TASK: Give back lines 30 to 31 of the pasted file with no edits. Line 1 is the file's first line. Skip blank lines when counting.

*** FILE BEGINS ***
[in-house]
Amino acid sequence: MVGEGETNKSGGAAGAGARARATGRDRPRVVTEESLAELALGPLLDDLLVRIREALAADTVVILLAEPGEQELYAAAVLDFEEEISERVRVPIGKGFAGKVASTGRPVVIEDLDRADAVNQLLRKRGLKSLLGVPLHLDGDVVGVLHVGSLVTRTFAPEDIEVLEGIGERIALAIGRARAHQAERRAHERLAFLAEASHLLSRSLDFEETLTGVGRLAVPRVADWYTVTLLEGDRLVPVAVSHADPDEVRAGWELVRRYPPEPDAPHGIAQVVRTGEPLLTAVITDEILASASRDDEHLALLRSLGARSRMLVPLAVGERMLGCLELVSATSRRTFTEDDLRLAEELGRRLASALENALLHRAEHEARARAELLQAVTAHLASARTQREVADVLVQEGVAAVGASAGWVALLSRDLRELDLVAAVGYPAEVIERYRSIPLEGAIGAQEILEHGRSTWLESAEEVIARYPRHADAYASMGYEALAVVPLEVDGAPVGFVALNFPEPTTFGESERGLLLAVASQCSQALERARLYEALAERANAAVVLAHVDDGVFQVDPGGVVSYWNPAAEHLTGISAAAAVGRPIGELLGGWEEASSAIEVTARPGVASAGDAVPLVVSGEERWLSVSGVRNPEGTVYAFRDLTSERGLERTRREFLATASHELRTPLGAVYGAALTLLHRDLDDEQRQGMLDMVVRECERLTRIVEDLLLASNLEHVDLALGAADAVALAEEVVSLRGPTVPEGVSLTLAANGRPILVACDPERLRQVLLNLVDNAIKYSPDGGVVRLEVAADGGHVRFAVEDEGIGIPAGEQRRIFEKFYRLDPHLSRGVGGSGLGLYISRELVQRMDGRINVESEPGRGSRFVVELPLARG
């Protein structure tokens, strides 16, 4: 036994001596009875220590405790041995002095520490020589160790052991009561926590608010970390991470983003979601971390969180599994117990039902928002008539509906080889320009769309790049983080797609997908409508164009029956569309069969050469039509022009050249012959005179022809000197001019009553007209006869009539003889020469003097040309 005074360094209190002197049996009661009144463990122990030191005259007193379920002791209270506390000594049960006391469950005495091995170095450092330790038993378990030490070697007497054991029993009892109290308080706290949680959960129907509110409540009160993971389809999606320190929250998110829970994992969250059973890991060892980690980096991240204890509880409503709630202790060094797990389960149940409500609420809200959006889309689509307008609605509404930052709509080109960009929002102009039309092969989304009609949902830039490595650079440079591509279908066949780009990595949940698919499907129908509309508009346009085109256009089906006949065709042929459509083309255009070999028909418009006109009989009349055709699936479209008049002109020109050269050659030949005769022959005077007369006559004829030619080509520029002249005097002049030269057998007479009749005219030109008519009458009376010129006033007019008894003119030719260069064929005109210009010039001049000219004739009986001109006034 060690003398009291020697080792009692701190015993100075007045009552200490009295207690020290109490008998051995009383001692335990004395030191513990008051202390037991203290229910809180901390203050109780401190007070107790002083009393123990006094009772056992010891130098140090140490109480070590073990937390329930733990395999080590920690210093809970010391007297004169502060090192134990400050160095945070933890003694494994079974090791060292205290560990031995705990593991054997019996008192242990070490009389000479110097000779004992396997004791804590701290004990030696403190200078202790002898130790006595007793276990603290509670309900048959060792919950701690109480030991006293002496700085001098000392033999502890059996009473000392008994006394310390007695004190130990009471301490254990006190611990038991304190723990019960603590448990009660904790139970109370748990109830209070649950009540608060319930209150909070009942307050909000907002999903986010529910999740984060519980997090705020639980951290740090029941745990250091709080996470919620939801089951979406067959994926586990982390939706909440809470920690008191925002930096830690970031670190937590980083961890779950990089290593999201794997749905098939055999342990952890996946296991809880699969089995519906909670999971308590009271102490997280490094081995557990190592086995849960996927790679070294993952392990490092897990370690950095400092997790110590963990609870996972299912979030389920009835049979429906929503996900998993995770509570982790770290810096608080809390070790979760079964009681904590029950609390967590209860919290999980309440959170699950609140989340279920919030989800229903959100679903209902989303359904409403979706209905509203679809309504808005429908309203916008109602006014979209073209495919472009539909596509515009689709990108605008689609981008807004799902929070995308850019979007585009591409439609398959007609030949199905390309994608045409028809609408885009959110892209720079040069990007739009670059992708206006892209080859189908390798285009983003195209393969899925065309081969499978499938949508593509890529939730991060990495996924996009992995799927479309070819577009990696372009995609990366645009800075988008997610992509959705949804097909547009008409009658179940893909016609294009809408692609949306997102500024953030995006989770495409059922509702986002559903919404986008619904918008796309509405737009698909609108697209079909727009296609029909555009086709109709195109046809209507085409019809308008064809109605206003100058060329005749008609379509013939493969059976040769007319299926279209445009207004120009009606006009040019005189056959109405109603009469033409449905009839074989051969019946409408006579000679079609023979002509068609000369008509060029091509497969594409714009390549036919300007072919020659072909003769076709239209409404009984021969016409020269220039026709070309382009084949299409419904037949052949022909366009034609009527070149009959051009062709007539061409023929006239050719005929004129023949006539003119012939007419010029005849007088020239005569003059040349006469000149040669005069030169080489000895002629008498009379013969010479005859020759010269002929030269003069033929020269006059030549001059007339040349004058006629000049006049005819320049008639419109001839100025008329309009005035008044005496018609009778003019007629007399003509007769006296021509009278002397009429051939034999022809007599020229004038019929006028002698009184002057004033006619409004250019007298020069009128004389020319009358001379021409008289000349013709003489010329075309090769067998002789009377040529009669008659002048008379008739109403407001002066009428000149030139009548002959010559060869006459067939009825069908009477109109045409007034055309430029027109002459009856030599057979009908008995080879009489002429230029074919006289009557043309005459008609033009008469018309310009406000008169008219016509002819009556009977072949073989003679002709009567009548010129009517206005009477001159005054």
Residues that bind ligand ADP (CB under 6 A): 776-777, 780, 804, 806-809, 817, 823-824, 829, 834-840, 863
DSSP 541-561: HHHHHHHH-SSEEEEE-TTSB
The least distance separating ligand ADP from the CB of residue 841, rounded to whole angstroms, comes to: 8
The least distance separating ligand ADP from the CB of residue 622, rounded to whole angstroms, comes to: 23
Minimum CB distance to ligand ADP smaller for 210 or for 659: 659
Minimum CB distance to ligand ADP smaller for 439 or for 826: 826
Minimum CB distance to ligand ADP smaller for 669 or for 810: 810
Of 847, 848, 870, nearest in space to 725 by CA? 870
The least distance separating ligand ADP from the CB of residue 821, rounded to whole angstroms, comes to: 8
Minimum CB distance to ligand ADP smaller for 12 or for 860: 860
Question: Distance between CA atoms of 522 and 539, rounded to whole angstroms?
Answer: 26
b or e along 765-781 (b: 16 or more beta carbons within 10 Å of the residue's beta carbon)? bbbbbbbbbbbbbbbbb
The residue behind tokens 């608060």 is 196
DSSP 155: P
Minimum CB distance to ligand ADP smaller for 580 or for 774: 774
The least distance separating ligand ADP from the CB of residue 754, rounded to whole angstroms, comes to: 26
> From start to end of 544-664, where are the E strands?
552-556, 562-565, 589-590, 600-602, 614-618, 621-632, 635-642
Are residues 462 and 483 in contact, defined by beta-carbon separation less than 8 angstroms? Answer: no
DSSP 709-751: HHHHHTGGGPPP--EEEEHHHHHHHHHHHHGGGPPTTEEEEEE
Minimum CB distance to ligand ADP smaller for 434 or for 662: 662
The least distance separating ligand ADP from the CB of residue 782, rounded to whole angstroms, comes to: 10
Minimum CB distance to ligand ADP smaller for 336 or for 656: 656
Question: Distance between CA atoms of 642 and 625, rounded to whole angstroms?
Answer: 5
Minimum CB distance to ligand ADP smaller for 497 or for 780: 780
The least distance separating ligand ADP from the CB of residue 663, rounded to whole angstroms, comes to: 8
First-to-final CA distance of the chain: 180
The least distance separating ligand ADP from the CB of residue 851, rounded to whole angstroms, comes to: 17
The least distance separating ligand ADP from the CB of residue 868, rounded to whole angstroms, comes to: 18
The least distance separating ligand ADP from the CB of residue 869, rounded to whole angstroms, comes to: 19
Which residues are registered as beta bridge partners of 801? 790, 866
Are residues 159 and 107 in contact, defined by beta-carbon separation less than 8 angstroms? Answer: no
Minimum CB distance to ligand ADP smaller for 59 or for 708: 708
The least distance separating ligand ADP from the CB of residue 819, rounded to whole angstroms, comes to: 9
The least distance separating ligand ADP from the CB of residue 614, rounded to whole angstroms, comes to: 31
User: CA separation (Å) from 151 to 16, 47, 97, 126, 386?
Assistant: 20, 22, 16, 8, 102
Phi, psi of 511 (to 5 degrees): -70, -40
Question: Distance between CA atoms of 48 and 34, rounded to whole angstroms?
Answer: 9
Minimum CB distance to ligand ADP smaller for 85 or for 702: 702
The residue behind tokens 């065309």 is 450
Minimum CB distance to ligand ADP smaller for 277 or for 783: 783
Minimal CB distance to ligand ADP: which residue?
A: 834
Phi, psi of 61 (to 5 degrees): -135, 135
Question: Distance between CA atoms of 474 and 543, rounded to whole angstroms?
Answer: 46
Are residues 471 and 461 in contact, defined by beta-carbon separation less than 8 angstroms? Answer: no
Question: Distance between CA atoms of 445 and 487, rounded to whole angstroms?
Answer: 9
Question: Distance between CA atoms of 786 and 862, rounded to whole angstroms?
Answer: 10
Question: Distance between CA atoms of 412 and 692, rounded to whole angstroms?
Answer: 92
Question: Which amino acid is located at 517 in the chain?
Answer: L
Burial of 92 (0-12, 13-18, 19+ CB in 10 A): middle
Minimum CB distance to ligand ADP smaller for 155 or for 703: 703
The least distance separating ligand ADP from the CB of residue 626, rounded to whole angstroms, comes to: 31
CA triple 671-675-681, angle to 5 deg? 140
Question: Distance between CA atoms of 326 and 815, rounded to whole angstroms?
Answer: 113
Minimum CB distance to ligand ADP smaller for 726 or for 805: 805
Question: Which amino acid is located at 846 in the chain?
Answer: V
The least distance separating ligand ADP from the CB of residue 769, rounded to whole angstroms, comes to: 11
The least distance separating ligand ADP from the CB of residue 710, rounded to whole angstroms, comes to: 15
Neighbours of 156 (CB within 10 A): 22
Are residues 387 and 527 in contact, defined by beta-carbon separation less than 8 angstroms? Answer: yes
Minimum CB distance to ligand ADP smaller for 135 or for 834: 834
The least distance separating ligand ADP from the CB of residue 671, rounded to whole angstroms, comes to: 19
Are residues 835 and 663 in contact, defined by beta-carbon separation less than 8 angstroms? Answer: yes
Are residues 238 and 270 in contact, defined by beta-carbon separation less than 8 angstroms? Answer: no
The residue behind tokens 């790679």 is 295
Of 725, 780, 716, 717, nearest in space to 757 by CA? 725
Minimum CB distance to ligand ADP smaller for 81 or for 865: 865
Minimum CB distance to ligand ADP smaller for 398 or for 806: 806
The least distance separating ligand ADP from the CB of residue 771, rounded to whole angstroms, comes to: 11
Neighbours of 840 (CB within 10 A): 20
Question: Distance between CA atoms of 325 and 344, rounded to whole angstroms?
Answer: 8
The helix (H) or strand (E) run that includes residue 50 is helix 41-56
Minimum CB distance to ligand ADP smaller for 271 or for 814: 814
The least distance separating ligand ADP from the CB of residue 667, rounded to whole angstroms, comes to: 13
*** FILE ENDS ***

Minimum CB distance to ligand ADP smaller for 497 or for 780: 780
The least distance separating ligand ADP from the CB of residue 663, rounded to whole angstroms, comes to: 8